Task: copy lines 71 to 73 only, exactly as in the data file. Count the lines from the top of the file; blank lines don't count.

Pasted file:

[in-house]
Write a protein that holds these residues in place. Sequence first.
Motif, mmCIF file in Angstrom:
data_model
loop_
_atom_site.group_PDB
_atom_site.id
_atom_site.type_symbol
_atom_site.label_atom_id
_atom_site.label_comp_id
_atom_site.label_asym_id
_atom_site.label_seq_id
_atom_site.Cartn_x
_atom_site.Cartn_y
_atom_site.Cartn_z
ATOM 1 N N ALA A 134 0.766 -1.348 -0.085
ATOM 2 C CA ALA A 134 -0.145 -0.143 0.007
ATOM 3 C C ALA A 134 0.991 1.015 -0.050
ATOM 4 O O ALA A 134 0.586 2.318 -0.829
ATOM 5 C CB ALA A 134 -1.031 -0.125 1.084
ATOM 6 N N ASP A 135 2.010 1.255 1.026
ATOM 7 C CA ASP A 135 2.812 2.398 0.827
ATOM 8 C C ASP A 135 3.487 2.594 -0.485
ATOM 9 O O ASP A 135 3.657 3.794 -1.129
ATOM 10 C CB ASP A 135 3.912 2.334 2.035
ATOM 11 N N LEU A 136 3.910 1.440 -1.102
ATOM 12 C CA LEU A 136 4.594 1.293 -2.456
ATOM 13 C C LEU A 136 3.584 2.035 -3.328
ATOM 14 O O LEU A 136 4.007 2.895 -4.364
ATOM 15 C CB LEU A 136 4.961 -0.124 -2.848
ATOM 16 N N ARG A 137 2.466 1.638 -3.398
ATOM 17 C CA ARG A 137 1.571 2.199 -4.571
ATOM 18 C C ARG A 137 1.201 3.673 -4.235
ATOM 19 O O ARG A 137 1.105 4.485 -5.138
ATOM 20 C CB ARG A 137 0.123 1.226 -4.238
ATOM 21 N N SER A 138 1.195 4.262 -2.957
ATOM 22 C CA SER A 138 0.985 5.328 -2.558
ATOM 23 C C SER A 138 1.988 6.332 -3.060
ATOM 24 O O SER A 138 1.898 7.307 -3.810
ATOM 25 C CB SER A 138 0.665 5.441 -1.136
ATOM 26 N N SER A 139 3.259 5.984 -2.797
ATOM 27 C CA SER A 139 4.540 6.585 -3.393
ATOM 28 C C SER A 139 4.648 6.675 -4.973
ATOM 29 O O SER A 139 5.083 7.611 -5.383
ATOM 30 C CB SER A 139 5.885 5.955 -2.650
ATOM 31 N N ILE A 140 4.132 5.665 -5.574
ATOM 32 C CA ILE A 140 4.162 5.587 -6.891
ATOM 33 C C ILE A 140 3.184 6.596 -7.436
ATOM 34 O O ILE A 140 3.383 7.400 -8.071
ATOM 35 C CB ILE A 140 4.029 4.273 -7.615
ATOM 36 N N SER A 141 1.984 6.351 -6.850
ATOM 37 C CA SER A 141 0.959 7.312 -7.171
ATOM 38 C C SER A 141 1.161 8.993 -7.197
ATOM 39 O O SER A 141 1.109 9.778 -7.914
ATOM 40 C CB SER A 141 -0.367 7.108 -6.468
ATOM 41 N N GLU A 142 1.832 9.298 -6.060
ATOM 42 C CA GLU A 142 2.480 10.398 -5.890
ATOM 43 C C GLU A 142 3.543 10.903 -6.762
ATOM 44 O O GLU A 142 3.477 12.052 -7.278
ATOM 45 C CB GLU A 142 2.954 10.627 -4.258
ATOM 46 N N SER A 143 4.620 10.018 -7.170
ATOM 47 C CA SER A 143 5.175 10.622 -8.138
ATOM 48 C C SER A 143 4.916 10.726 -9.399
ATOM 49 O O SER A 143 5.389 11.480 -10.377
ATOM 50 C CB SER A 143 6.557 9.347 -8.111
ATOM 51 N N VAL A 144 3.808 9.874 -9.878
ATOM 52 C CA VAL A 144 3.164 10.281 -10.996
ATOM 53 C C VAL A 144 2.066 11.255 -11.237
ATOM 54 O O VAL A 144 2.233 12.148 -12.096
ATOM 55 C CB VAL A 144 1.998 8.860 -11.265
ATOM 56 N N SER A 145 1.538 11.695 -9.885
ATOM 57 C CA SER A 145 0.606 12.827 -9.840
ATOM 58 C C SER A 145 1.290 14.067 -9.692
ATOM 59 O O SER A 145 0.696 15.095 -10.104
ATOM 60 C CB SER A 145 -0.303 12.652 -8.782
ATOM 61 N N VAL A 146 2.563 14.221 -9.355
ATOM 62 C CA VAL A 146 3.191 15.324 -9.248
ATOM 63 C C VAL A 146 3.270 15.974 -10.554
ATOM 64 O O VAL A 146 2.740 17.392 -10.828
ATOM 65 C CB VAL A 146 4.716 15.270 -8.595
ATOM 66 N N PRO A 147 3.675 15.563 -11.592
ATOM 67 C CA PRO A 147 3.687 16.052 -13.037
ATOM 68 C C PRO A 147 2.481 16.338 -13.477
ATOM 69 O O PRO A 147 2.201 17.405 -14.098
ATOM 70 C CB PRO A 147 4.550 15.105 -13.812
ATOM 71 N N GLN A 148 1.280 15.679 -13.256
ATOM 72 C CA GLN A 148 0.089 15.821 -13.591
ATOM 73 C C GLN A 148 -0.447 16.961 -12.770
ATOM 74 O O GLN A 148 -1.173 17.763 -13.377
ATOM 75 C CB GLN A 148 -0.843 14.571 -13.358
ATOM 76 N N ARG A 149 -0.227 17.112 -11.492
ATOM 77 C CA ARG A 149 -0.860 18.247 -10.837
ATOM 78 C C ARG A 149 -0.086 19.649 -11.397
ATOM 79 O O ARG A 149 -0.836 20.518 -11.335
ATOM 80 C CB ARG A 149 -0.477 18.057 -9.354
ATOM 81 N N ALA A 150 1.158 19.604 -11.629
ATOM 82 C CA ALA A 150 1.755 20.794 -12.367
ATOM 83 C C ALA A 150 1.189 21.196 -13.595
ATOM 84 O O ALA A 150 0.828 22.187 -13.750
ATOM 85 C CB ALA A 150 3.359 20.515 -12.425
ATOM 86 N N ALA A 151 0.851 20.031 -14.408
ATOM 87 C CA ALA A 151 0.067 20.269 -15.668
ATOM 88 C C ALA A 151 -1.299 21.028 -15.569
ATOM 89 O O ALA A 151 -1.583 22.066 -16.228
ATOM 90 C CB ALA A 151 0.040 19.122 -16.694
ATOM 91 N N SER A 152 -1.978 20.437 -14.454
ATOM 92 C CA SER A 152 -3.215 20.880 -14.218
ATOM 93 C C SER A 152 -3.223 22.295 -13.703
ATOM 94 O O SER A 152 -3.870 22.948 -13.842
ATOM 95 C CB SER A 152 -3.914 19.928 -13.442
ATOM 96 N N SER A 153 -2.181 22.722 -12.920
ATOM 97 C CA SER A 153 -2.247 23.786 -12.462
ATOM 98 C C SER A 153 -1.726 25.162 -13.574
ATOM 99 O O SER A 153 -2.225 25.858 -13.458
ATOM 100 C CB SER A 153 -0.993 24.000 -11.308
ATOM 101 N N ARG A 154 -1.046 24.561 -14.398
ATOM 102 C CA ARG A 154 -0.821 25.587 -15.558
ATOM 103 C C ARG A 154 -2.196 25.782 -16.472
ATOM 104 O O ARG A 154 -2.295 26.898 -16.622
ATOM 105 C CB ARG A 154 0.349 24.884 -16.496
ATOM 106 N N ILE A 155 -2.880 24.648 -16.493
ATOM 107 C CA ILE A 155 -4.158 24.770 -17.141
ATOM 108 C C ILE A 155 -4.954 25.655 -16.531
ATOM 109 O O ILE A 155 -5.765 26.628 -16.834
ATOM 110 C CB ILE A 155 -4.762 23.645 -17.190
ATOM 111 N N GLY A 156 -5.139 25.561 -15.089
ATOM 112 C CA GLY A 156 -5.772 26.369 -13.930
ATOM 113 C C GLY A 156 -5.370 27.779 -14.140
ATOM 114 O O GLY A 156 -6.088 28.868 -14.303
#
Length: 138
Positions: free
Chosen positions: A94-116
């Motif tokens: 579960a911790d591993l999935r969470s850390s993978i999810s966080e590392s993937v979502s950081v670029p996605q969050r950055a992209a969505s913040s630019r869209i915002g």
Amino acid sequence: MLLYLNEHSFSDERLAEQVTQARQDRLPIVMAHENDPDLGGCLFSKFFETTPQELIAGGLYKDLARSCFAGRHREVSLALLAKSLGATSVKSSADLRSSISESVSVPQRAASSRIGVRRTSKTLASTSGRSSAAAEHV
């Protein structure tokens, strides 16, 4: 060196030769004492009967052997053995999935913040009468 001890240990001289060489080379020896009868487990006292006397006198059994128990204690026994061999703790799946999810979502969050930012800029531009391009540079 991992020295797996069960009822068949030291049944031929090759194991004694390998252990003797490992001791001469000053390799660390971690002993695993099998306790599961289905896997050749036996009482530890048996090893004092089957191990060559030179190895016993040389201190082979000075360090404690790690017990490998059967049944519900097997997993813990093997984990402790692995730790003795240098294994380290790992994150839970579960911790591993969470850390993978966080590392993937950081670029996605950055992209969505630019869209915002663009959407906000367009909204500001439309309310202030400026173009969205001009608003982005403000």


ATOM 56 N N SER A 145 1.538 11.695 -9.885
ATOM 57 C CA SER A 145 0.606 12.827 -9.840
ATOM 58 C C SER A 145 1.290 14.067 -9.692